Top Ports

  • Morehead City/Atlantic Beach: At the northern end of the Crystal Coast, boats leave through the Beaufort Inlet for intense offshore action, especially along the edge of the Continental Shelf at the famed Big Rock. Many anglers also make this a destination for catching false albacore on the fly in late fall, when the waters are often literally churning with breaking fish as far as the eye can see.
  • Bogue Inlet: About 20 miles south of Morehead, Bogue Inlet might require a longer run to the offshore grounds but it also means easy access to endless inshore waterways peppered with countless marsh islands and sand bars.
Multiple fish are available off the Crystal Coast
Wahoo, marlin, tuna and mahi give offshore anglers plenty of quarry to choose from off the Crystal Coast. Inshore fisheries for speckled trout and redfish also flourish in the marshes here. Doug Olander

Top Captains and Specialties

  • Dale Britt, Morehead City, billfish and winter bluefin — 252-725-5375
  • Stephen Draughon, Morehead City, offshore pelagics and winter bluefin — 252-247-5617
  • Sarah Gardner, Harker’s Island (just east of Morehead), false albacore and inshore fly fishing (spring and fall) — 252-982-6330
  • Gary Dubiel, Oriental (just north of Morehead across the Neuse River), false albacore and trophy redfish on fly — 252-249-1520

Seasonal Species

  • Warm months: blue and white marlin, mahi-mahi, sailfish, Spanish mackerel, wahoo
  • Cool months: bluefin tuna, false albacore
  • Year-round: blackfin and yellowfin tuna, bigeye tuna, grouper, king mackerel, redfish, speckled trout
Headboat leaving port
A headboat leaves port for a trip offshore. Courtesy San Diego.org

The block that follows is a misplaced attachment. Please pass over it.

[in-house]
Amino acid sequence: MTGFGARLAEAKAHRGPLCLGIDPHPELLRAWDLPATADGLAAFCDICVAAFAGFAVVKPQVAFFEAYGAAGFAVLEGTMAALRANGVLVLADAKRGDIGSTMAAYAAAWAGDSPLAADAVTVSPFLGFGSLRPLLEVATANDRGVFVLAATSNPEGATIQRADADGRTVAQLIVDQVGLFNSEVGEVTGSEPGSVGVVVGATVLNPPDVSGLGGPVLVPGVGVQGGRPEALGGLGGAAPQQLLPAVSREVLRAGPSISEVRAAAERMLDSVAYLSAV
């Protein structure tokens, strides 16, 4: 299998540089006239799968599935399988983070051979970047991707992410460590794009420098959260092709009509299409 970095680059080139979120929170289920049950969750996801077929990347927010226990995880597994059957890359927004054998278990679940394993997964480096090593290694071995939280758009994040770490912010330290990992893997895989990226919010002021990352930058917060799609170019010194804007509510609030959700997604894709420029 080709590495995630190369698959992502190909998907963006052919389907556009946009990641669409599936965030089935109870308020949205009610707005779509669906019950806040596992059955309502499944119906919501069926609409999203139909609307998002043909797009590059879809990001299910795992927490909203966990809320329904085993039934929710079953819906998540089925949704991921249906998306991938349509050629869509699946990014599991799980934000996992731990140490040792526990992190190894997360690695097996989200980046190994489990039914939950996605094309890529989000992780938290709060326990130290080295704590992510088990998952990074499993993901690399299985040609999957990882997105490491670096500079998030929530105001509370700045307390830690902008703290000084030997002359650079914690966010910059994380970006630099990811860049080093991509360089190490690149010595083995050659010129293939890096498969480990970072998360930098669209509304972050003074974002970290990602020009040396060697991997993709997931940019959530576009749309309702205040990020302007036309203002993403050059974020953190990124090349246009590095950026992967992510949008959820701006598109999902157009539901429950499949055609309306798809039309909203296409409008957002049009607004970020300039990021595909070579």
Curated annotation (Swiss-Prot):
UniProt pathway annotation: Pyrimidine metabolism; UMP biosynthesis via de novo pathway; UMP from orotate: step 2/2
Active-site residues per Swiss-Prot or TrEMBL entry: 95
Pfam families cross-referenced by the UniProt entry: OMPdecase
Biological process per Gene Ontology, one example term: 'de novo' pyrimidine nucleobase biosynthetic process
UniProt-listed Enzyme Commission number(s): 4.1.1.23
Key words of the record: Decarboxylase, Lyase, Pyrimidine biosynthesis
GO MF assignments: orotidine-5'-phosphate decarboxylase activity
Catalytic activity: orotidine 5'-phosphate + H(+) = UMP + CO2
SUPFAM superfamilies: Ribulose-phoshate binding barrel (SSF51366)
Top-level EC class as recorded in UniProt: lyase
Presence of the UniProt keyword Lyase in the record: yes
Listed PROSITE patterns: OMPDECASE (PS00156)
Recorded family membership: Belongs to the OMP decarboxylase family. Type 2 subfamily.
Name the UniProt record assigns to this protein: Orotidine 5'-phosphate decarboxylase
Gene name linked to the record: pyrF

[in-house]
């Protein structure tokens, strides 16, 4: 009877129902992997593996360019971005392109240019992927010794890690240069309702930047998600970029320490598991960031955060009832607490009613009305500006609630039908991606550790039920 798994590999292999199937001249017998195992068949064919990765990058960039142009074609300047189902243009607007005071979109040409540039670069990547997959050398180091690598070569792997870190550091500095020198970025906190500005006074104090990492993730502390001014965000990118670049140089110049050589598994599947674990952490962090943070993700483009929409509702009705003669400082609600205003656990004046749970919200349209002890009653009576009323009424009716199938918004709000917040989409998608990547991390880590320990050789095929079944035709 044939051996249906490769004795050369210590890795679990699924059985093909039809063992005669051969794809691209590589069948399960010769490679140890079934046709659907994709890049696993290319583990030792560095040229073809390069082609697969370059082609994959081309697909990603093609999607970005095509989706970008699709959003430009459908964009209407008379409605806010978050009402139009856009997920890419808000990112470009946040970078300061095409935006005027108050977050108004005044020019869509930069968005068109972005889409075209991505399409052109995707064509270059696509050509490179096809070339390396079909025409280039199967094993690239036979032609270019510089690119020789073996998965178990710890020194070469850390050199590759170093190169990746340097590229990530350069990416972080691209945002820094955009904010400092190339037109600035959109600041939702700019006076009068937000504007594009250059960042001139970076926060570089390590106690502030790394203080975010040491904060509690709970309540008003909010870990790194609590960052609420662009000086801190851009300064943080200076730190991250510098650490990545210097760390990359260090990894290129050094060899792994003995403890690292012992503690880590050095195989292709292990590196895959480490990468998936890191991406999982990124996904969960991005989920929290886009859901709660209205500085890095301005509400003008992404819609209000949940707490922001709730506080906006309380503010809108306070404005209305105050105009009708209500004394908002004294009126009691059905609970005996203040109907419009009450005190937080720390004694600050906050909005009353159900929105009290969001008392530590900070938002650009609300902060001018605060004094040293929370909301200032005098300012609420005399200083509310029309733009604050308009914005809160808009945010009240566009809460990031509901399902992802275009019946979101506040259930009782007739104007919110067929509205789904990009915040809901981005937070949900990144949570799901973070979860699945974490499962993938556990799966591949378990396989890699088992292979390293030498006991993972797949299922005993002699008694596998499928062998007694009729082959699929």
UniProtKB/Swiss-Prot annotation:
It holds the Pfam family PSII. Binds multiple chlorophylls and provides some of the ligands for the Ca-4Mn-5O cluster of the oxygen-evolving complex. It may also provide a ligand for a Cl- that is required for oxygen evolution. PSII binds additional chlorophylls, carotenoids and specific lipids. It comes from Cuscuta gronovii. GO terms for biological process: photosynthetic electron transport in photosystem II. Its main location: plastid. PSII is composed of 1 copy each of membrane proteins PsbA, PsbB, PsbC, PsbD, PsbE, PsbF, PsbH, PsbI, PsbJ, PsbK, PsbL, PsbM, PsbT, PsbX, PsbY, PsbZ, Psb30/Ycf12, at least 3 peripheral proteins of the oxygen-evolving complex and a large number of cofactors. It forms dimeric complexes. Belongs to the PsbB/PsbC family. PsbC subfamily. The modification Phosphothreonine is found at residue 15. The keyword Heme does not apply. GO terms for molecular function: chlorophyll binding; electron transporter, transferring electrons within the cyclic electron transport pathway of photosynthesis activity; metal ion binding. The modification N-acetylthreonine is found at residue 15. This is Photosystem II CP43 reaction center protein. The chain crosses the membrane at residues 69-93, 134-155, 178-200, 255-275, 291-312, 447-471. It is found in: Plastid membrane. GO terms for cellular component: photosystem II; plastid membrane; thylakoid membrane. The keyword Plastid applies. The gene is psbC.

San Diego, California

West Coast anglers looking for a hot bite this winter can hit the road and head for San Diego, where both the bay and ocean have some serious draws. You might be tempted by a multiday voyage to Mexican waters for tunas, perhaps those mystical West Coast bonefish have you contemplating a road trip, or you might even set your sights on San Diego just for the halibut.

Top Ports

  • San Diego Bay: Used by bay guides and as home port for oceanic adventures, San Diego Bay features a large charter fleet consisting of everything from bay boats to 100-foot-plus, long-range sportfishing vessels with private staterooms and WiFi.
  • Mission Bay: Just north of San Diego Bay, Mission Bay offers many private charters for nearshore and offshore fishing, as well as a number of longer-range sportfishers.
San Diego bonefish
A surprise to many anglers: San Diego does host a fishery for bonefish. Jim Hendricks

Top Captains and Specialties

  • Bill Cavanaugh, San Diego, long-range multiday trips for assorted pelagics — 619-224-4088
  • Bill Schaefer, San Diego, bay fishing for spotted and calico bass, halibut, and bonefish — 858-277-8087
  • Frank LoPreste, San Diego, long-range multiday trips for monster yellowfin tunas and other pelagics — 619-226-8030
  • James Nelson, San Diego, bonefish on light tackle — 619-395-0799
  • Dave Trimble, Mission Bay, fly fishing for sharks — 619-296-1120
  • Duane “Diego” Mellor, Mission Bay, private day charters for tuna, yellowtail, and especially swordfish — 619-850-7575

Seasonal Species

  • Warm months: Warm months: bluefin and yellowfin tuna, barracuda, striped marlin, swordfish, dorado (mahi-mahi)
  • Year-round: bonefish, calico bass, barred sand bass, halibut, rockfish, sharks, yellowtail, yellowfin tuna (long range), wahoo (long range)
Wahoo caught in the Gulf of Mexico
Wahoo, averaging 50 to 60 pounds, can be caught during winter in the Gulf of Mexico off Venice. Doug Olander

Venice, Louisiana

Venice has earned a reputation as one of the top fishing ports along the entire Gulf Coast, thanks to its world-class inshore redfishing and relatively close access to numerous offshore oil rigs. Drive a couple hours south from New Orleans, and the asphalt ends in this fishing mecca.

Top Ports

  • Venice: Once you’re in Venice, you stay in Venice. Fishing is rightfully the primary focus for this destination.
  • Buras: While you won’t see much development on the drive south along Hwy. 23, you will find several fishing operations in Buras — about 15 miles north of Venice — which focus primarily on marsh fishing and seasonal duck hunting.

Top Captains and Specialties

Cobia found near oil rig
Cobia can be caught around inshore rigs near Venice. Chris Woodward

Seasonal Species

  • Warmer months: blue and white marlin, cobia, king mackerel, mahi-mahi, red snapper, tripletail, swordfish
  • Cooler months: sailfish, wahoo
  • Year round: blackfin and yellowfin tuna, red snapper, redfish, speckled trout